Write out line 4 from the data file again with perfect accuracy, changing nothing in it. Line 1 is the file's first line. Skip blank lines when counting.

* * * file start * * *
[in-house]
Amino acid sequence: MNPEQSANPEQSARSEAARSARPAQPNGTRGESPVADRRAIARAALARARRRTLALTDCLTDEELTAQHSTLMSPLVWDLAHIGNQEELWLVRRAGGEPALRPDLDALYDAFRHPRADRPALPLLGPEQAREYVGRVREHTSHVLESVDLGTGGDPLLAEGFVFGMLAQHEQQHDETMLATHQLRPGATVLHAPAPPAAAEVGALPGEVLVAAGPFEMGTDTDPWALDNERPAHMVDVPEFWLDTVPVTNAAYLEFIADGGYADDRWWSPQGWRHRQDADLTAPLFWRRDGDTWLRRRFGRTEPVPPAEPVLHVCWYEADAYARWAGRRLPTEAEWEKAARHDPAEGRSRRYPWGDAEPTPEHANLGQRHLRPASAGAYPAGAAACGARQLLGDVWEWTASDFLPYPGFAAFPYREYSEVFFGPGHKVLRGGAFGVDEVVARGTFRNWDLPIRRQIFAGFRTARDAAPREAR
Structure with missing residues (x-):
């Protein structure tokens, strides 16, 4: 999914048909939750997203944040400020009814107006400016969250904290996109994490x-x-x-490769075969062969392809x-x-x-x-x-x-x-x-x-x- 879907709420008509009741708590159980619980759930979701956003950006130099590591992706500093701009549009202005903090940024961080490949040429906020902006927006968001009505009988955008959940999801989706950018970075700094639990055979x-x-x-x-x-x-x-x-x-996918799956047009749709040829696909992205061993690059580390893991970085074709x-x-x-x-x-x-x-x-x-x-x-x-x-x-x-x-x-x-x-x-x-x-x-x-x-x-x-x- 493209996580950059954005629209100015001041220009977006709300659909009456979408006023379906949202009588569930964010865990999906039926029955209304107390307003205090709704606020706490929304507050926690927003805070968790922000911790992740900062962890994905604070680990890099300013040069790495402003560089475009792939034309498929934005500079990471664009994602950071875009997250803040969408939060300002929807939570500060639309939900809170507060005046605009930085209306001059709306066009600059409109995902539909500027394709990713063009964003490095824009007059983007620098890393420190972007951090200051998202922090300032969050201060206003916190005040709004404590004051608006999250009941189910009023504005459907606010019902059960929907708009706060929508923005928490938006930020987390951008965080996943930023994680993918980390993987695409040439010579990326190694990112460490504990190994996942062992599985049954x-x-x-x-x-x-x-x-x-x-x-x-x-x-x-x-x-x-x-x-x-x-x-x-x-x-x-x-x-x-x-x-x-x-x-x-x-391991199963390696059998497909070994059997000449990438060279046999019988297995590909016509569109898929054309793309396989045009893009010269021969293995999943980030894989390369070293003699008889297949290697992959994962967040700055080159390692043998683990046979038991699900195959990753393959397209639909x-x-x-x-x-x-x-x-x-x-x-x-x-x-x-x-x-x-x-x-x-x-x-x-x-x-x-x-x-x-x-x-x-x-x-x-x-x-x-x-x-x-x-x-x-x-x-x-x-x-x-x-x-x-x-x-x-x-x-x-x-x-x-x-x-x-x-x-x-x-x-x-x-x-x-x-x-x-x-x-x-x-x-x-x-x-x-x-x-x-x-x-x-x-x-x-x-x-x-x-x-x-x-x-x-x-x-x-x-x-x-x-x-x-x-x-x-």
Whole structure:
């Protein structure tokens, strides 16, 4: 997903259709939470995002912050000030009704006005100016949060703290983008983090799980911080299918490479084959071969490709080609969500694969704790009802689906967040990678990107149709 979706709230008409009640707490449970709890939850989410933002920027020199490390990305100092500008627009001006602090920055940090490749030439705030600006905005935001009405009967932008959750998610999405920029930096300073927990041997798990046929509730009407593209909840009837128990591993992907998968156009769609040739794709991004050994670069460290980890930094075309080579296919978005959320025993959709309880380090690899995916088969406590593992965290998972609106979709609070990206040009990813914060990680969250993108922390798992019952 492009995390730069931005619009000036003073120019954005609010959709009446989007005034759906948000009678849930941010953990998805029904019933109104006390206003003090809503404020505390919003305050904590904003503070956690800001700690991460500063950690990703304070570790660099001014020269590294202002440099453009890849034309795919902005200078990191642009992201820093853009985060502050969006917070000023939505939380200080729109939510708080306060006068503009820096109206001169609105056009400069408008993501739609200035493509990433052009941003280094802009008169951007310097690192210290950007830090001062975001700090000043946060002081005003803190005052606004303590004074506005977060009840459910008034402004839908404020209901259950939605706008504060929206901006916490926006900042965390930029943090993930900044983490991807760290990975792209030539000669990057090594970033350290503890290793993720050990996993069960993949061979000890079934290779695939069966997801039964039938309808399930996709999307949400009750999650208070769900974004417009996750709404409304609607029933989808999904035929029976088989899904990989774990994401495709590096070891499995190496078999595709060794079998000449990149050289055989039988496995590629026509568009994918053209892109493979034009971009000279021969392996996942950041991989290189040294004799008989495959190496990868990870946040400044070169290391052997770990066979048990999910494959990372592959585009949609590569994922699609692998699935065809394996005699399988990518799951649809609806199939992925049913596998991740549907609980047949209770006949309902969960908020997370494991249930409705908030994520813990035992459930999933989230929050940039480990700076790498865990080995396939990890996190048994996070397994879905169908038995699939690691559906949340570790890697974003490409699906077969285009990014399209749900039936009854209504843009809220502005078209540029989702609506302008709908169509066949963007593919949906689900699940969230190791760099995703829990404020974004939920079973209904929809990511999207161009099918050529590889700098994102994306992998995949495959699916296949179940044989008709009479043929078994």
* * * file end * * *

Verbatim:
């Protein structure tokens, strides 16, 4: 999914048909939750997203944040400020009814107006400016969250904290996109994490x-x-x-490769075969062969392809x-x-x-x-x-x-x-x-x-x- 879907709420008509009741708590159980619980759930979701956003950006130099590591992706500093701009549009202005903090940024961080490949040429906020902006927006968001009505009988955008959940999801989706950018970075700094639990055979x-x-x-x-x-x-x-x-x-996918799956047009749709040829696909992205061993690059580390893991970085074709x-x-x-x-x-x-x-x-x-x-x-x-x-x-x-x-x-x-x-x-x-x-x-x-x-x-x-x- 493209996580950059954005629209100015001041220009977006709300659909009456979408006023379906949202009588569930964010865990999906039926029955209304107390307003205090709704606020706490929304507050926690927003805070968790922000911790992740900062962890994905604070680990890099300013040069790495402003560089475009792939034309498929934005500079990471664009994602950071875009997250803040969408939060300002929807939570500060639309939900809170507060005046605009930085209306001059709306066009600059409109995902539909500027394709990713063009964003490095824009007059983007620098890393420190972007951090200051998202922090300032969050201060206003916190005040709004404590004051608006999250009941189910009023504005459907606010019902059960929907708009706060929508923005928490938006930020987390951008965080996943930023994680993918980390993987695409040439010579990326190694990112460490504990190994996942062992599985049954x-x-x-x-x-x-x-x-x-x-x-x-x-x-x-x-x-x-x-x-x-x-x-x-x-x-x-x-x-x-x-x-x-x-x-x-x-391991199963390696059998497909070994059997000449990438060279046999019988297995590909016509569109898929054309793309396989045009893009010269021969293995999943980030894989390369070293003699008889297949290697992959994962967040700055080159390692043998683990046979038991699900195959990753393959397209639909x-x-x-x-x-x-x-x-x-x-x-x-x-x-x-x-x-x-x-x-x-x-x-x-x-x-x-x-x-x-x-x-x-x-x-x-x-x-x-x-x-x-x-x-x-x-x-x-x-x-x-x-x-x-x-x-x-x-x-x-x-x-x-x-x-x-x-x-x-x-x-x-x-x-x-x-x-x-x-x-x-x-x-x-x-x-x-x-x-x-x-x-x-x-x-x-x-x-x-x-x-x-x-x-x-x-x-x-x-x-x-x-x-x-x-x-x-």